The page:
Audiences missed out on “The Empty Man,” but it’s deservedly found a devoted following. “If the price of making the movie I wanted to make meant getting abandoned by the studio and left to be picked up by passionate people who saw it on their own, that’s not a bad outcome.” Prior told us, “At least it’s the movie I wanted to make. It wasn’t some highly compromised, shortened, messed up version of that probably would have gotten more support from the studio but it would have vanished from everybody’s mind as soon as they saw it.”

Prior was later approached by David Fincher (for whom he used to direct documentaries) about a new film appreciation series, titled “Voir.” Scheduled to debut at AFI Fest this month, Netflix’s video essay project spotlights “passionate voices that love movies… highlighting the elements that get people excited about cinema.”

In a time when streaming services threaten to swallow up the theatrical experience, “Voir” is an essential look back at what makes film uniquely hypnotic. “Movies cornered the cultural conversation throughout the 20th century.” Prior told us. “It was the art form of the 20th century… [movies] don’t hold the same place in cultural thinking they used to and there’s a lot that’s important being lost.”

No great film deserves to be forgotten, and Prior is keenly aware platforms like Netflix now hold the keys to Hollywood’s kingdom, as “custodians to the cinematic experience.” “The Empty Man,” may not have mopped up box office dollars but revealed its director to be as impassioned and skilled a filmmaking scholar as David Fincher. We were fortunate to sit down for an extensive chat with him ahead of “Voir’s” upcoming premiere. Eerily, both his debut film and new Netflix series stemming from an obsession with Jaws,” the legendary Steven Spielberg, a fervent supporter of his film appreciation project.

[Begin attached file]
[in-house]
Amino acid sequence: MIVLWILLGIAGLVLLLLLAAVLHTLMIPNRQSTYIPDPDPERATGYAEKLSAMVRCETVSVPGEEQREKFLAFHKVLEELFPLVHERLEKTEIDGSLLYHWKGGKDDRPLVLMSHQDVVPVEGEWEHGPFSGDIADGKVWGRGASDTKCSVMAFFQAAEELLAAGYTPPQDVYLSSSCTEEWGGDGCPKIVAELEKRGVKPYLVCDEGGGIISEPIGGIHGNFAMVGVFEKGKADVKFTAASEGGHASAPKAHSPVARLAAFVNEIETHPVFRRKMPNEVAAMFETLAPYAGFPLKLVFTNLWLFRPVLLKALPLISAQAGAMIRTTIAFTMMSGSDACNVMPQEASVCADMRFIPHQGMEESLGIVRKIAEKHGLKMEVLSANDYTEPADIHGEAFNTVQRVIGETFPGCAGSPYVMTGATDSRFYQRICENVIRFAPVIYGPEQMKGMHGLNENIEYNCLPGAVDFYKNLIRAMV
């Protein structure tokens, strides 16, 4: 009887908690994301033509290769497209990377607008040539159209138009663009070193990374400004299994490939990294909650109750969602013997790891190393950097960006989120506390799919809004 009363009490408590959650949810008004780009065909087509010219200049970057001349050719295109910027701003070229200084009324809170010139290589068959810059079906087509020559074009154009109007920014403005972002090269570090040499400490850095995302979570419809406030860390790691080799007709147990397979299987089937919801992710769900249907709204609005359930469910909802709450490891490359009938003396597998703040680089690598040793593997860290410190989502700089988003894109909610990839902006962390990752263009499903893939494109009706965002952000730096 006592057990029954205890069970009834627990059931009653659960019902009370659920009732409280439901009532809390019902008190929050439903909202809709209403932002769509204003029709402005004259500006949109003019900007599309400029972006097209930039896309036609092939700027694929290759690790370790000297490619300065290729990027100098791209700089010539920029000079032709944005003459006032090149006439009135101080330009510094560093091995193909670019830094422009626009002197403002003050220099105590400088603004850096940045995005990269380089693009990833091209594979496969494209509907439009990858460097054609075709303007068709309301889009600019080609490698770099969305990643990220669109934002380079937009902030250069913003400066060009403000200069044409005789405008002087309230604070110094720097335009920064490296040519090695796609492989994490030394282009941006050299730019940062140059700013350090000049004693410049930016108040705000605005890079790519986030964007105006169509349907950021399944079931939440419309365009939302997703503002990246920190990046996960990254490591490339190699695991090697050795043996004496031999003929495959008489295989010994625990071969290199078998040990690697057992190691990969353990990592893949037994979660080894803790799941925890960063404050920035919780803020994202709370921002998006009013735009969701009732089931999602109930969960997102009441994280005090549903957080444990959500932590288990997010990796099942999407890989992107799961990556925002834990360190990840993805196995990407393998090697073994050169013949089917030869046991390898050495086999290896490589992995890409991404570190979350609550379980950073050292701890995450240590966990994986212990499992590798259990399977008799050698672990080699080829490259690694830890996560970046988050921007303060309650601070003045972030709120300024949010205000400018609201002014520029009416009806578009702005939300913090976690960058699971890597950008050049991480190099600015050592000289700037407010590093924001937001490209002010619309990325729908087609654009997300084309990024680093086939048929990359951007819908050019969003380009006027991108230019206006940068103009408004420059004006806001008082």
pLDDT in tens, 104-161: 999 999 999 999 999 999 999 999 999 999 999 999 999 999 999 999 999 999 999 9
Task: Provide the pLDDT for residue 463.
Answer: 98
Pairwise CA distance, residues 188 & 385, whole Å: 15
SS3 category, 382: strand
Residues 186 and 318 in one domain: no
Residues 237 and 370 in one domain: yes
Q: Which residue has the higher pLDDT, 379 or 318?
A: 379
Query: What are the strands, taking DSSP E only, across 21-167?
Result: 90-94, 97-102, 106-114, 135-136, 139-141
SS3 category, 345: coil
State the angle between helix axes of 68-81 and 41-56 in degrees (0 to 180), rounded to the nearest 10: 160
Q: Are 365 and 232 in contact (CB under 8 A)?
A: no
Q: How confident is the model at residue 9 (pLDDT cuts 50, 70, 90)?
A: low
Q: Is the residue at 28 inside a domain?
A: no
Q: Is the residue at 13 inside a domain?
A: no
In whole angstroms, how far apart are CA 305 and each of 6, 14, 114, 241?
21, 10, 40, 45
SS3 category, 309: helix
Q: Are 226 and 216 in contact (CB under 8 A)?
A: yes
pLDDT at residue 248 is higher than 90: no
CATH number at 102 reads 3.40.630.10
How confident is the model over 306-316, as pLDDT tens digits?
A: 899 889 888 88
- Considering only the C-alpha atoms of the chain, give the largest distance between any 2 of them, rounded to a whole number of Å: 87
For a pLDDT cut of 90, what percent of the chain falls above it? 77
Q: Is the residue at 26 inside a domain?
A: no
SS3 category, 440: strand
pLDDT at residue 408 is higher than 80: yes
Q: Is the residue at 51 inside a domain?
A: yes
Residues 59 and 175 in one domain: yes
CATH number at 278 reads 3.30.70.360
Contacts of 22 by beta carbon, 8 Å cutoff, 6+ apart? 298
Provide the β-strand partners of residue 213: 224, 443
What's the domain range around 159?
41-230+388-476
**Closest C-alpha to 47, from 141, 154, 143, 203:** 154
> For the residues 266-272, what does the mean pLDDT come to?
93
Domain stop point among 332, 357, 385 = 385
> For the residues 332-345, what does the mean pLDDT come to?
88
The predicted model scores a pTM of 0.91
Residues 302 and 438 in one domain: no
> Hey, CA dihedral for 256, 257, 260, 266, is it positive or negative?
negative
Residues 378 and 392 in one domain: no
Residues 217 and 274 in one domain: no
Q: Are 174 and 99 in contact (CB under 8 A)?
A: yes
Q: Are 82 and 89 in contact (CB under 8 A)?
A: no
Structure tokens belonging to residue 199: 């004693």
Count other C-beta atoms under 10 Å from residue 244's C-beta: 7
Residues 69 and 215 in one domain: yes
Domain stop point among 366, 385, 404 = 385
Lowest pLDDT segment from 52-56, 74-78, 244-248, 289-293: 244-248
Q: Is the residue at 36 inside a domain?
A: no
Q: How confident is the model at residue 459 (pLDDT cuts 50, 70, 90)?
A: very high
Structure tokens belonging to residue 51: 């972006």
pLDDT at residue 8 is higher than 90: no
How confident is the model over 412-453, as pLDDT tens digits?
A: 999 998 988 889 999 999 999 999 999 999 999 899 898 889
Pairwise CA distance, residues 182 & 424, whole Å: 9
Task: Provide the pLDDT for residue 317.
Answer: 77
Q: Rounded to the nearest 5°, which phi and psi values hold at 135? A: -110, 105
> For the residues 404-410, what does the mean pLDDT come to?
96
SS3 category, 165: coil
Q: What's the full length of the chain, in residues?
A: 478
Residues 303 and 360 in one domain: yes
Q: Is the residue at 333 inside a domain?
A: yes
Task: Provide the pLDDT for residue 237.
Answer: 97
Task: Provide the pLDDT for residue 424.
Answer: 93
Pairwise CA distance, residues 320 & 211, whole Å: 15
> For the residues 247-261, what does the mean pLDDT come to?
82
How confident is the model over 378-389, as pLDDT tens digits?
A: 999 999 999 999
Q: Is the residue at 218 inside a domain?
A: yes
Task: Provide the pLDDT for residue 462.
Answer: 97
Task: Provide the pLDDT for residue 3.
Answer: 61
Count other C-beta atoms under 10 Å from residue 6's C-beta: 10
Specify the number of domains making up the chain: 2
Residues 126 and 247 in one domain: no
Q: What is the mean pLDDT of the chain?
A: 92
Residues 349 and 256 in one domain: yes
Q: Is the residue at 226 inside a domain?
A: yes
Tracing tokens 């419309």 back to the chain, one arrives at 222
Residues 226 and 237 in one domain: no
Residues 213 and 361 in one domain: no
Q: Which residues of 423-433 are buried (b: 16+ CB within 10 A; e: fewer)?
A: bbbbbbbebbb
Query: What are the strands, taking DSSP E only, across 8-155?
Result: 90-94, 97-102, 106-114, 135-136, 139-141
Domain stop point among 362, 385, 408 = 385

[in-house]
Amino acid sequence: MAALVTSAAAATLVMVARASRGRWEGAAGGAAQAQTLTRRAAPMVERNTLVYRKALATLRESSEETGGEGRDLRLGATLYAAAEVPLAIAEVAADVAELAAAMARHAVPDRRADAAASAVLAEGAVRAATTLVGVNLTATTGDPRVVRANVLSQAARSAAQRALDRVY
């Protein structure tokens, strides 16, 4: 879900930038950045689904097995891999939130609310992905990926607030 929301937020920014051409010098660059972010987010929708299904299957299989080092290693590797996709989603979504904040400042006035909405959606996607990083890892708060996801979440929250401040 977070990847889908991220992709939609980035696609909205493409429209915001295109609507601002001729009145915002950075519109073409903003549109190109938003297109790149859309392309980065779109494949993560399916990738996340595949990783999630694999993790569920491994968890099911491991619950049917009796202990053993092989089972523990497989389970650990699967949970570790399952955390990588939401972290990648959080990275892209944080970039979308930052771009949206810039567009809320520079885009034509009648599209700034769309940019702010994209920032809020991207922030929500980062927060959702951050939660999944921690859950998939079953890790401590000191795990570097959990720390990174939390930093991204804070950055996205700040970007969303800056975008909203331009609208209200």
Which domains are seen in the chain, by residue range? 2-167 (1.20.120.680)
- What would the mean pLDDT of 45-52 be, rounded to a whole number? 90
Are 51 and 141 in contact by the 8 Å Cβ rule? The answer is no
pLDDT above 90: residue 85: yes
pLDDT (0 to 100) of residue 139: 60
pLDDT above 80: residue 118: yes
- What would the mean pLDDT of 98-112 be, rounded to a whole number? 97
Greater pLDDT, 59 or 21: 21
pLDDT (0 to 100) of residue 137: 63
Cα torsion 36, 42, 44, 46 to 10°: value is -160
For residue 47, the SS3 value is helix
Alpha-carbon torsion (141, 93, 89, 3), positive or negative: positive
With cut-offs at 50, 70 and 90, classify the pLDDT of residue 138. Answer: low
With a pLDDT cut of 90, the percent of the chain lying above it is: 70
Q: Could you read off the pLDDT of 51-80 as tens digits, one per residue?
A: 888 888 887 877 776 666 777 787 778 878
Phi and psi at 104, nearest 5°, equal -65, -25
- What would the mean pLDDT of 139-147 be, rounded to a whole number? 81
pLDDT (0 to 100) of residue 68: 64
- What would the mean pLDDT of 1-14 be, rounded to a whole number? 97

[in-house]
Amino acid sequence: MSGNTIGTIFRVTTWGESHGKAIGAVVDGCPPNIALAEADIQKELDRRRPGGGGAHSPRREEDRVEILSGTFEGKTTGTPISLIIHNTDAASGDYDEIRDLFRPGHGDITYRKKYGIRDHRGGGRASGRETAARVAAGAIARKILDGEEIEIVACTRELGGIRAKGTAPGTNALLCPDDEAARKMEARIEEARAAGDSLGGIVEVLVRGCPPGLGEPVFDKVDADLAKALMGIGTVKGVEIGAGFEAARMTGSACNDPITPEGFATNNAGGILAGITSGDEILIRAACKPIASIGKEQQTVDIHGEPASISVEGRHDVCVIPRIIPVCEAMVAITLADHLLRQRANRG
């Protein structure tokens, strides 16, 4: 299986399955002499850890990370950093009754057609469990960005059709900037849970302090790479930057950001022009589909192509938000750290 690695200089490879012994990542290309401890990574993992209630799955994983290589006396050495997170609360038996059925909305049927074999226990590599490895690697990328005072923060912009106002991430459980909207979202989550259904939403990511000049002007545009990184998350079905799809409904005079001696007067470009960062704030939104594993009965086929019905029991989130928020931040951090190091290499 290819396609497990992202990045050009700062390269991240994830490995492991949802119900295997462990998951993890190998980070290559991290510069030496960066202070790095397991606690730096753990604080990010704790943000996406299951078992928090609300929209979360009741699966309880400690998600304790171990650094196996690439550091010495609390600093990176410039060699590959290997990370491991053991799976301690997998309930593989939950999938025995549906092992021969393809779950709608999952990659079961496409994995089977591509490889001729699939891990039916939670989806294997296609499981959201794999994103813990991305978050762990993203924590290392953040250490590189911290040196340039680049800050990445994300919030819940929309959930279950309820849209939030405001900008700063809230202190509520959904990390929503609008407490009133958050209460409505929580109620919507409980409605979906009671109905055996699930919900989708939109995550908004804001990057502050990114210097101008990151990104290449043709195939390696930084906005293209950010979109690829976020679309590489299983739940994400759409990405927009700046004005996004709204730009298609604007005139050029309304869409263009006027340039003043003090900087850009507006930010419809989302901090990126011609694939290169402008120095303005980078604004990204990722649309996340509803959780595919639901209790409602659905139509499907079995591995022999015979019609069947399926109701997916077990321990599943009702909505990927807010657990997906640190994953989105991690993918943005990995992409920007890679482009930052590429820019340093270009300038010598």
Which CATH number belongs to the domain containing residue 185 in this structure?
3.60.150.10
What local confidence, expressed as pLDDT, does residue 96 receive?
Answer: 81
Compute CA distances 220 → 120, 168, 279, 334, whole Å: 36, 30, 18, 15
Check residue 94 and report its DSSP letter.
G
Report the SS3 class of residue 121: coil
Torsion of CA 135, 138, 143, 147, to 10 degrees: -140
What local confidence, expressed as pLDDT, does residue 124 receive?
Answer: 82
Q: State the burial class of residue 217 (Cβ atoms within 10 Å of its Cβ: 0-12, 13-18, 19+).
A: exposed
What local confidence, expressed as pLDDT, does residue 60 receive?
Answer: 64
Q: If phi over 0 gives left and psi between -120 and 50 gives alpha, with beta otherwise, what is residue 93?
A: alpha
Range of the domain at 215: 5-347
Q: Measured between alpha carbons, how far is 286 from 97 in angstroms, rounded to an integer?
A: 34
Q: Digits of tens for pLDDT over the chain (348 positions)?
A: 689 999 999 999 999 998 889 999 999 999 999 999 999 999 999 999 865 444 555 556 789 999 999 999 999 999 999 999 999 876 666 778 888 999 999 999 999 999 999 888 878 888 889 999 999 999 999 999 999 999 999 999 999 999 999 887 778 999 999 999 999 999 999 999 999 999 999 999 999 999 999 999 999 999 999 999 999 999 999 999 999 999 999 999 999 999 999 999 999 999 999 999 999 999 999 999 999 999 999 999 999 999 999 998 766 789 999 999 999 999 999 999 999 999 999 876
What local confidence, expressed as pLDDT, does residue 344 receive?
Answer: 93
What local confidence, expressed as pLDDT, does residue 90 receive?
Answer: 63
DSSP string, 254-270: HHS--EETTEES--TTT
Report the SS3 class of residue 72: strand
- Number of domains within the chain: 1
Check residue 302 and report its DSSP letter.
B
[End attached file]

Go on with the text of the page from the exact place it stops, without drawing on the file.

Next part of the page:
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The Drysdale Exchange: Nev Pierce

Jeremy Drysdale (Scriptastic)
November 5, 2021
The Drysdale Exchange (365 Radio)

Jeremy is a screenwriter and producer who has written films, computer games, novels, events, and primetime television globally for over two decades.

Each Drysdale Exchange will showcase a penetrating one-on-one interview with an entertainment industry specialist, designed to illuminate an area of film, television, writing, or music which is not generally addressed in the mainstream.

David Fincher called Nev Pierce‘s directorial debut, Bricks, a “classy take on a morbid classic”. Mark Romanek labeled his fourth short Promise “superbly done”. His other films (Ghosted, Lock In) are well praised, too, and not just by A-list directing talents. He’s seen his work played at festivals worldwide, including Fantasia, FrightFest, and the London Short Film Festival. He has various features in development as a director and is also a contributing editor for Empire Magazine.

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Because We Love Making Movies: Screenwriter Eric Roth

Eren Celeboglu
Because We Love Making Movies (InstagramFacebook)

Part 1

May 22, 2021

Today, I sit down with legendary screenwriter Eric Roth.

We talk about his life and his craft and why we should all be more generous of spirit. Truth be told, Eric has been involved in creating so many iconic films that it would have been impossible to try… so I asked him about the films of his that meant the most to me, and he held court and digressed in the loveliest of ways. I hope you have as much fun listening as I did recording this interview. Enjoy! 

Eric’s credits include: The Nickel Ride, The Drowning Pool, The Onion Field, Forrest Gump (for which he won an Oscar), The Postman (for which he won a Razzie), The Horse Whisperer, and then one of my favorite films ever, The Insider, followed by Ali, Munich, The Good Shepherd, and The Curious Case of Benjamin Button. He’s also worked in Television, and seen not one but two sea changes, first with HBO, and then with Netflix and House of Cards. And much more recently he wrote A Star Is Born, Dune, and the new Western being Directed by Martin Scorsese, Killers of the Flower Moon. He was also a producer on the Oscar nominated Mank, directed by David Fincher, from a script by Fincher’s father.

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Because We Love Making Movies
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Part 2

October 18, 2021